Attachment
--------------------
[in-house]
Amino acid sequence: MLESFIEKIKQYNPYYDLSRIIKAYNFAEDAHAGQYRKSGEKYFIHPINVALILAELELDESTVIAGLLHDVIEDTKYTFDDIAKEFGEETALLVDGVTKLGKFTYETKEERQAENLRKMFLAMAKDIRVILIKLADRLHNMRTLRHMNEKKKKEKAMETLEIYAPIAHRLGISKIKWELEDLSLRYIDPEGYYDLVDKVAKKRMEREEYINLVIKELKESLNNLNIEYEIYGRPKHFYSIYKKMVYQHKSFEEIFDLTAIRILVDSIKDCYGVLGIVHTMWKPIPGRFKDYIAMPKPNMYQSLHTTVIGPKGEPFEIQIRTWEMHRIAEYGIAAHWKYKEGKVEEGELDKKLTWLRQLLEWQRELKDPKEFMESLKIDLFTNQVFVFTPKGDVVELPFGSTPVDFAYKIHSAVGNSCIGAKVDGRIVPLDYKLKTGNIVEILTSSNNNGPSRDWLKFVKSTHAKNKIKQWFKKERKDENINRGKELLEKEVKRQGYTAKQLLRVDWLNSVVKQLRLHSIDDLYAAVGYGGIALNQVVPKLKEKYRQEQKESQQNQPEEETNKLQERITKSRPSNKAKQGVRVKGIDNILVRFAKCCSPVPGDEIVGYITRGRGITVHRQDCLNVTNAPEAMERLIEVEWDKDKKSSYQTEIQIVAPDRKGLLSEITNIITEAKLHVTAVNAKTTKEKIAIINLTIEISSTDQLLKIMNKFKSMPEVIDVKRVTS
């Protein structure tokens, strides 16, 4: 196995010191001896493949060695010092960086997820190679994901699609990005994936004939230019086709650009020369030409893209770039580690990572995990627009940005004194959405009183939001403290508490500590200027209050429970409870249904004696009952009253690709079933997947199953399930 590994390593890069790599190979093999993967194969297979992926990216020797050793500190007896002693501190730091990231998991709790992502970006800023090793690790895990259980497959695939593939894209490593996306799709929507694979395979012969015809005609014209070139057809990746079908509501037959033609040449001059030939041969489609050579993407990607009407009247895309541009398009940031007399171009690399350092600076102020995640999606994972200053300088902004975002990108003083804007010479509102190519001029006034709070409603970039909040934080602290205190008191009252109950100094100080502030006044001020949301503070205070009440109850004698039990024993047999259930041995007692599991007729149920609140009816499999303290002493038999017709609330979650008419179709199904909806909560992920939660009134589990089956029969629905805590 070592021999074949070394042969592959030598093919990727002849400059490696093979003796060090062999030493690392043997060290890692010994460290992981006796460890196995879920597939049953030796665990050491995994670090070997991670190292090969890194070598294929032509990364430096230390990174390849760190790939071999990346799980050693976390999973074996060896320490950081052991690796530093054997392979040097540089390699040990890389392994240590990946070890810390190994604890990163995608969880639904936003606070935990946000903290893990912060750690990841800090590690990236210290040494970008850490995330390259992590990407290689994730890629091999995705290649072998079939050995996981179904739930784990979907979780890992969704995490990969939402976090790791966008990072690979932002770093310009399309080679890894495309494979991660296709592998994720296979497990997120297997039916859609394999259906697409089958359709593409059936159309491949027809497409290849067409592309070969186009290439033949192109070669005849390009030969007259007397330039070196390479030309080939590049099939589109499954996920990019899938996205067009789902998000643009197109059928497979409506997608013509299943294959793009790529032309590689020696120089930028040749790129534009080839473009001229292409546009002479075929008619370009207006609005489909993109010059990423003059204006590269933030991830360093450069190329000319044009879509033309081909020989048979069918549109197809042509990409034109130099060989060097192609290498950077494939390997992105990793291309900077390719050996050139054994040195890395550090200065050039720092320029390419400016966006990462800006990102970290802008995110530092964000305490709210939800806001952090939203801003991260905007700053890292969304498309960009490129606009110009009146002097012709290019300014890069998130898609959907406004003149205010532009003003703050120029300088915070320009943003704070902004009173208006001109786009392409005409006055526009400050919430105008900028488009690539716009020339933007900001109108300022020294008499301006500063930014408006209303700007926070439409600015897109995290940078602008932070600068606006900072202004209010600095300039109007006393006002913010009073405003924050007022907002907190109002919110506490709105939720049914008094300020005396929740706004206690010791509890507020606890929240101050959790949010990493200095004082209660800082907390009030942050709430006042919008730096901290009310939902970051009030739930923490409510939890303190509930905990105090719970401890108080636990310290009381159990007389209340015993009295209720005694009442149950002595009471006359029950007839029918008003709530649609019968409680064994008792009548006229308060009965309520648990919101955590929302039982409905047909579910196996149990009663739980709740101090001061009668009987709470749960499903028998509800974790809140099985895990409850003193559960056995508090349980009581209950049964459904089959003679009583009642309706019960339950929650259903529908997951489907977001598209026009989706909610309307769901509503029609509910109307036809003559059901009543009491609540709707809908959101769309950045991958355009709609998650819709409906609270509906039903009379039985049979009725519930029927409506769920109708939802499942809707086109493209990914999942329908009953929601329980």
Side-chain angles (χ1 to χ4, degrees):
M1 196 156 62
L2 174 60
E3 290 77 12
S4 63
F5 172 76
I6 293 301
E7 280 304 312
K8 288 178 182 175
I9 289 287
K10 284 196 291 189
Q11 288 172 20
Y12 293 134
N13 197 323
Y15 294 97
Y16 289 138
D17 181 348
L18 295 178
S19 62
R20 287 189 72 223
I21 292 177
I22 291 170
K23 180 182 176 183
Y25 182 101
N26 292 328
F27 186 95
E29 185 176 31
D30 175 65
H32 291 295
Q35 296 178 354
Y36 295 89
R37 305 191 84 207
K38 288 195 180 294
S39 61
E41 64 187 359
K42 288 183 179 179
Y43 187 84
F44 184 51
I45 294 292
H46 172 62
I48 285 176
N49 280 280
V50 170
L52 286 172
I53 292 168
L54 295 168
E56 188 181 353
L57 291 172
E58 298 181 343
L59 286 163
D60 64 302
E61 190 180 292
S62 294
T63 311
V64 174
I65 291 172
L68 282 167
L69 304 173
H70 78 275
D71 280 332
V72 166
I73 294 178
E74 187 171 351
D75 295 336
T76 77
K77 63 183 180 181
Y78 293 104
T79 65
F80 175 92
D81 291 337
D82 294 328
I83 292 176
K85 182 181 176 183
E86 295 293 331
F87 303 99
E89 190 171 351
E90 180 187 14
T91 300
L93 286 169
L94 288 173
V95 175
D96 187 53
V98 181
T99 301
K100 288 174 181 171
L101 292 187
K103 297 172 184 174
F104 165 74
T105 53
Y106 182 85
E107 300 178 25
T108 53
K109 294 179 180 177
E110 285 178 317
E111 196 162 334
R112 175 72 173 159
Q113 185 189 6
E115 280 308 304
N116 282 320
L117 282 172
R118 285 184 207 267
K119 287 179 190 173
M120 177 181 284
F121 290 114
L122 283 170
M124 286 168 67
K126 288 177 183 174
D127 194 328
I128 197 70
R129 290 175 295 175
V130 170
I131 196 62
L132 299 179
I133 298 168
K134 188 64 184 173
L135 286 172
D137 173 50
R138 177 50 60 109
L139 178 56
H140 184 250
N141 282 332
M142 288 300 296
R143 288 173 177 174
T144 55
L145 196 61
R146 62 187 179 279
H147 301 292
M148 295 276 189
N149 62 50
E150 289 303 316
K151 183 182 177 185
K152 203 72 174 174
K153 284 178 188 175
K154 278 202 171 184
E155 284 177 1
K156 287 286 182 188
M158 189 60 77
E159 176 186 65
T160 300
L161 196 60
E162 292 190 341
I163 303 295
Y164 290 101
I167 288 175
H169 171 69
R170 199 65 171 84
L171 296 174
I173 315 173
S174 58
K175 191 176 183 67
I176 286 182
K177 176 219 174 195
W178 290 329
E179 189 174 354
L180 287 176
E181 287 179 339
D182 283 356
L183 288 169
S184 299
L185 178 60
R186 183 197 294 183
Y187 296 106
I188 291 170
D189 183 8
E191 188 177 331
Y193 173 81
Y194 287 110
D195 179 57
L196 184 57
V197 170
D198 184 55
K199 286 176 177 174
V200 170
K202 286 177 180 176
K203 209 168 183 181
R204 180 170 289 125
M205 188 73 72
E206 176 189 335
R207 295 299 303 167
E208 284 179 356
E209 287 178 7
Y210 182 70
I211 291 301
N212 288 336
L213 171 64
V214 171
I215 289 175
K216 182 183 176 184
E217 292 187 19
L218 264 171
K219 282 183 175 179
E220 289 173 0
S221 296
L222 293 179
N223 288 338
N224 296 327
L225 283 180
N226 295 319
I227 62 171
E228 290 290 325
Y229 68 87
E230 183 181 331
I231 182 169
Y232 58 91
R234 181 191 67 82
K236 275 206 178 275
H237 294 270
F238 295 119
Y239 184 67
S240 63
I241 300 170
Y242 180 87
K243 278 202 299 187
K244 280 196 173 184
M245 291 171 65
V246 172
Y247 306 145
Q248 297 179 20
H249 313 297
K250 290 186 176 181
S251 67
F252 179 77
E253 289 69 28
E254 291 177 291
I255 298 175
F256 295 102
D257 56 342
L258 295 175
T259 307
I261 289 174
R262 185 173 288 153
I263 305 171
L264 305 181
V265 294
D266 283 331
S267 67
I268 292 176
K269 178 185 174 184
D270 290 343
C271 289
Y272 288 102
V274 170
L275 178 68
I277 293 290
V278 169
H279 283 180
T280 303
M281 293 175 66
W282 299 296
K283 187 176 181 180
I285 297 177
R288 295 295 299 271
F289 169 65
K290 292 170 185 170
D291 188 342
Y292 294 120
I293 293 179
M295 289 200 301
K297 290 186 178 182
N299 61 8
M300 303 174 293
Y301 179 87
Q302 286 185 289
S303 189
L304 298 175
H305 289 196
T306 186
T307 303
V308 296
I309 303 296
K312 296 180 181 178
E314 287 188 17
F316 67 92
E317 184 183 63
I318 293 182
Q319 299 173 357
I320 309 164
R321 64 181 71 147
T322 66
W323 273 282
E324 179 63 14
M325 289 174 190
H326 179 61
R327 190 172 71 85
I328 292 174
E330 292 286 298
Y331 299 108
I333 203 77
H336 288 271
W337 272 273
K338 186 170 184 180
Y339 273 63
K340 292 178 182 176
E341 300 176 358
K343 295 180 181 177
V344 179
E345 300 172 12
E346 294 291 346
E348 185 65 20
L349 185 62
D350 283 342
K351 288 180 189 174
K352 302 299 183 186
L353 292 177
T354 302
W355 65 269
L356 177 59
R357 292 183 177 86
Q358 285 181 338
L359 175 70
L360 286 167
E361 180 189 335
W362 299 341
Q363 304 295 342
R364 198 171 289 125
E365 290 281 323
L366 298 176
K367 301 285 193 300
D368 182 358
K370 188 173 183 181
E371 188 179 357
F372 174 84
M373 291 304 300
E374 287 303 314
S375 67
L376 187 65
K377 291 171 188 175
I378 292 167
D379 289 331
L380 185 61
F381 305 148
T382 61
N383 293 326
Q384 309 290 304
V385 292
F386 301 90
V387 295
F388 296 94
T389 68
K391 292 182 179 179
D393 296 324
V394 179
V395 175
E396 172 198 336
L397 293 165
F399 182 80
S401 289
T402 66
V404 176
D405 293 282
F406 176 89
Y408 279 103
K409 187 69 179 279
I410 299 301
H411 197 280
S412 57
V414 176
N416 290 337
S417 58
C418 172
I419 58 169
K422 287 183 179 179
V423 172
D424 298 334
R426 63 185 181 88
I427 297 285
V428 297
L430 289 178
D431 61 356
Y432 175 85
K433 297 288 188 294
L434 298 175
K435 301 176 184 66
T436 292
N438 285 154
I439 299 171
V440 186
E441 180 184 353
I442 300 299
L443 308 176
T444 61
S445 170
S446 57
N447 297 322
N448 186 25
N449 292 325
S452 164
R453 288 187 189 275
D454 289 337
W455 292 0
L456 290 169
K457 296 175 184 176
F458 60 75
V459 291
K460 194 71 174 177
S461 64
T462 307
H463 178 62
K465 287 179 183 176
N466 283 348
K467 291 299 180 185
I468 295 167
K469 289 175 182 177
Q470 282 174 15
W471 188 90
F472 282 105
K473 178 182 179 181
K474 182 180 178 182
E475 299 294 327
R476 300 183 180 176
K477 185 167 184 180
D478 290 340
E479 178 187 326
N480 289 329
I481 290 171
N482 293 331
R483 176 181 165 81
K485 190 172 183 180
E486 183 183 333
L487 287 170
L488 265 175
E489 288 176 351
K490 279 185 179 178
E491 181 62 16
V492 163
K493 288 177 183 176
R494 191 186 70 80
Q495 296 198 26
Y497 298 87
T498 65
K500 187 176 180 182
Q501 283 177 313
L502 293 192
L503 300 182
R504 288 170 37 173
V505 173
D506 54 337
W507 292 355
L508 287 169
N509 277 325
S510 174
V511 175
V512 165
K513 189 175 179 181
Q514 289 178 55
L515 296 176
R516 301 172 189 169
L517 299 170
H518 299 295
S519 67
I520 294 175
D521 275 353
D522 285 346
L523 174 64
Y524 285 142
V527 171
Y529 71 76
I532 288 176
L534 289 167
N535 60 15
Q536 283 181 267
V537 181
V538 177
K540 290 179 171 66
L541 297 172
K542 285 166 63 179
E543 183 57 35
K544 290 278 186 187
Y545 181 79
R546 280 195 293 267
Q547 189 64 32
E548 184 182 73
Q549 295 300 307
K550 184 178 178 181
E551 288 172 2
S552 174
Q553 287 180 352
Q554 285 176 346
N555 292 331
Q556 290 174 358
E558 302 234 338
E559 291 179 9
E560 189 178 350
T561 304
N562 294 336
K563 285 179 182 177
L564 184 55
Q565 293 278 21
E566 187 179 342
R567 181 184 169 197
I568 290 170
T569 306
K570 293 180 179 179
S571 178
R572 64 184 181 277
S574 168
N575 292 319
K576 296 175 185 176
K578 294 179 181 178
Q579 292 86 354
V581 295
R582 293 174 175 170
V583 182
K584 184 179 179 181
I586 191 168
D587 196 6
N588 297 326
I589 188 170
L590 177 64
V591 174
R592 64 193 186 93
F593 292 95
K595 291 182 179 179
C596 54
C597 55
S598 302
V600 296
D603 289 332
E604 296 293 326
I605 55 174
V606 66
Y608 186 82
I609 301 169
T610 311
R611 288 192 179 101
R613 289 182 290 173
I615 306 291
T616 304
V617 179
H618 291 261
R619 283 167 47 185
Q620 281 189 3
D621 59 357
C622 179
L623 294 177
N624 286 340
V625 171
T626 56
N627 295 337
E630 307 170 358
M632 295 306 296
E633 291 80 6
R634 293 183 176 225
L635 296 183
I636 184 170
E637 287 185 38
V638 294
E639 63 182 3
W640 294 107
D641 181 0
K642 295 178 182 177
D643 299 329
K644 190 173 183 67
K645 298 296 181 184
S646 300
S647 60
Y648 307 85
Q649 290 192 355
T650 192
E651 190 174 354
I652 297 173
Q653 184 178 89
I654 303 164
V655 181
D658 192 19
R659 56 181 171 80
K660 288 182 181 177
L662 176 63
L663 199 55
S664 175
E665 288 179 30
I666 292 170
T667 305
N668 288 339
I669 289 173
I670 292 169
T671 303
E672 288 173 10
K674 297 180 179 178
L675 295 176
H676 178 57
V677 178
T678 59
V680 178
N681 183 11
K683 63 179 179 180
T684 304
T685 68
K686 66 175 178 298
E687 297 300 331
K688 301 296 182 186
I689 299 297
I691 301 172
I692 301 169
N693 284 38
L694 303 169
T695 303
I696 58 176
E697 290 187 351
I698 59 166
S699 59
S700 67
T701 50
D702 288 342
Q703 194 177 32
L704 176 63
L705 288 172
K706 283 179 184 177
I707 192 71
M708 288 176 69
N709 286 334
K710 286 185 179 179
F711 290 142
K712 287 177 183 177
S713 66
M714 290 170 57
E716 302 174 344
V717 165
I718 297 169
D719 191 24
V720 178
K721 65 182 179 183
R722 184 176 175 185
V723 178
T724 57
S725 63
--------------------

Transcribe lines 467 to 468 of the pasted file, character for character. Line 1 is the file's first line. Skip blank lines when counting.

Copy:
K540 290 179 171 66
L541 297 172